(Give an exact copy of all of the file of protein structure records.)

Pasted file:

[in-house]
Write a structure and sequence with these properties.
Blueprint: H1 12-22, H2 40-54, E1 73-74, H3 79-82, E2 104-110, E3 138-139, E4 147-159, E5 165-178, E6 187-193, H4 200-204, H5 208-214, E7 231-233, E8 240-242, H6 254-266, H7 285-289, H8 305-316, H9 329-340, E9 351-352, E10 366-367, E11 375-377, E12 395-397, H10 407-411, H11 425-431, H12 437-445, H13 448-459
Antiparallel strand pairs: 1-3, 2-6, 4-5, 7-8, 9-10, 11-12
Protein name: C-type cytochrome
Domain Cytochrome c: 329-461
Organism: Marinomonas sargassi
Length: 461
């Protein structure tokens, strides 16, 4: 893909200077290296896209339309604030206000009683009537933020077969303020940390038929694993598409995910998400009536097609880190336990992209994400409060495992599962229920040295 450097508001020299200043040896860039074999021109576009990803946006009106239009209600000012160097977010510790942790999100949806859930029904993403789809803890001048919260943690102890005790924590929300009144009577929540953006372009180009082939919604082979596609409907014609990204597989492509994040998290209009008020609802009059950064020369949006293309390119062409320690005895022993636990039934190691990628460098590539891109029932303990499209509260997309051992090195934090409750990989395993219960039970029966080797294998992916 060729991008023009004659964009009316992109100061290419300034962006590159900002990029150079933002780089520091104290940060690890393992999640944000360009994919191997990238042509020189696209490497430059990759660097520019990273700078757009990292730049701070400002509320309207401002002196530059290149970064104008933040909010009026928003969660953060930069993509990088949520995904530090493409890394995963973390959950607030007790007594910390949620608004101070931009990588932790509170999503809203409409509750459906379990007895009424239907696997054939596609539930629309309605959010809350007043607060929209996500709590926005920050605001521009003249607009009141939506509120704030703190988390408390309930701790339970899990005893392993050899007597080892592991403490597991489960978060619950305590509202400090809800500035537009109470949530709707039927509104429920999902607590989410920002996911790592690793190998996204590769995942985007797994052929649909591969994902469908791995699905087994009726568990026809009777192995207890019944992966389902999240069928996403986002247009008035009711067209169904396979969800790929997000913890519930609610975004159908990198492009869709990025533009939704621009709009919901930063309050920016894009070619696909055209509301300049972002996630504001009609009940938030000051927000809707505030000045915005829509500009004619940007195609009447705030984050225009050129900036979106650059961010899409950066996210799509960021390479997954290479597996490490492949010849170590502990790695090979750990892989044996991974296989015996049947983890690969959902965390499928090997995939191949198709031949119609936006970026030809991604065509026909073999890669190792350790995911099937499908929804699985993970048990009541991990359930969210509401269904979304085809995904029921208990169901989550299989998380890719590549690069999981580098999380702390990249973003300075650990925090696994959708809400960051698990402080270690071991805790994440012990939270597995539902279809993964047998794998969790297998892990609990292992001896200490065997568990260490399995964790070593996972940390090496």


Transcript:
[in-house]
Write a structure and sequence with these properties.
Blueprint: H1 12-22, H2 40-54, E1 73-74, H3 79-82, E2 104-110, E3 138-139, E4 147-159, E5 165-178, E6 187-193, H4 200-204, H5 208-214, E7 231-233, E8 240-242, H6 254-266, H7 285-289, H8 305-316, H9 329-340, E9 351-352, E10 366-367, E11 375-377, E12 395-397, H10 407-411, H11 425-431, H12 437-445, H13 448-459
Antiparallel strand pairs: 1-3, 2-6, 4-5, 7-8, 9-10, 11-12
Protein name: C-type cytochrome
Domain Cytochrome c: 329-461
Organism: Marinomonas sargassi
Length: 461
């Protein structure tokens, strides 16, 4: 893909200077290296896209339309604030206000009683009537933020077969303020940390038929694993598409995910998400009536097609880190336990992209994400409060495992599962229920040295 450097508001020299200043040896860039074999021109576009990803946006009106239009209600000012160097977010510790942790999100949806859930029904993403789809803890001048919260943690102890005790924590929300009144009577929540953006372009180009082939919604082979596609409907014609990204597989492509994040998290209009008020609802009059950064020369949006293309390119062409320690005895022993636990039934190691990628460098590539891109029932303990499209509260997309051992090195934090409750990989395993219960039970029966080797294998992916 060729991008023009004659964009009316992109100061290419300034962006590159900002990029150079933002780089520091104290940060690890393992999640944000360009994919191997990238042509020189696209490497430059990759660097520019990273700078757009990292730049701070400002509320309207401002002196530059290149970064104008933040909010009026928003969660953060930069993509990088949520995904530090493409890394995963973390959950607030007790007594910390949620608004101070931009990588932790509170999503809203409409509750459906379990007895009424239907696997054939596609539930629309309605959010809350007043607060929209996500709590926005920050605001521009003249607009009141939506509120704030703190988390408390309930701790339970899990005893392993050899007597080892592991403490597991489960978060619950305590509202400090809800500035537009109470949530709707039927509104429920999902607590989410920002996911790592690793190998996204590769995942985007797994052929649909591969994902469908791995699905087994009726568990026809009777192995207890019944992966389902999240069928996403986002247009008035009711067209169904396979969800790929997000913890519930609610975004159908990198492009869709990025533009939704621009709009919901930063309050920016894009070619696909055209509301300049972002996630504001009609009940938030000051927000809707505030000045915005829509500009004619940007195609009447705030984050225009050129900036979106650059961010899409950066996210799509960021390479997954290479597996490490492949010849170590502990790695090979750990892989044996991974296989015996049947983890690969959902965390499928090997995939191949198709031949119609936006970026030809991604065509026909073999890669190792350790995911099937499908929804699985993970048990009541991990359930969210509401269904979304085809995904029921208990169901989550299989998380890719590549690069999981580098999380702390990249973003300075650990925090696994959708809400960051698990402080270690071991805790994440012990939270597995539902279809993964047998794998969790297998892990609990292992001896200490065997568990260490399995964790070593996972940390090496």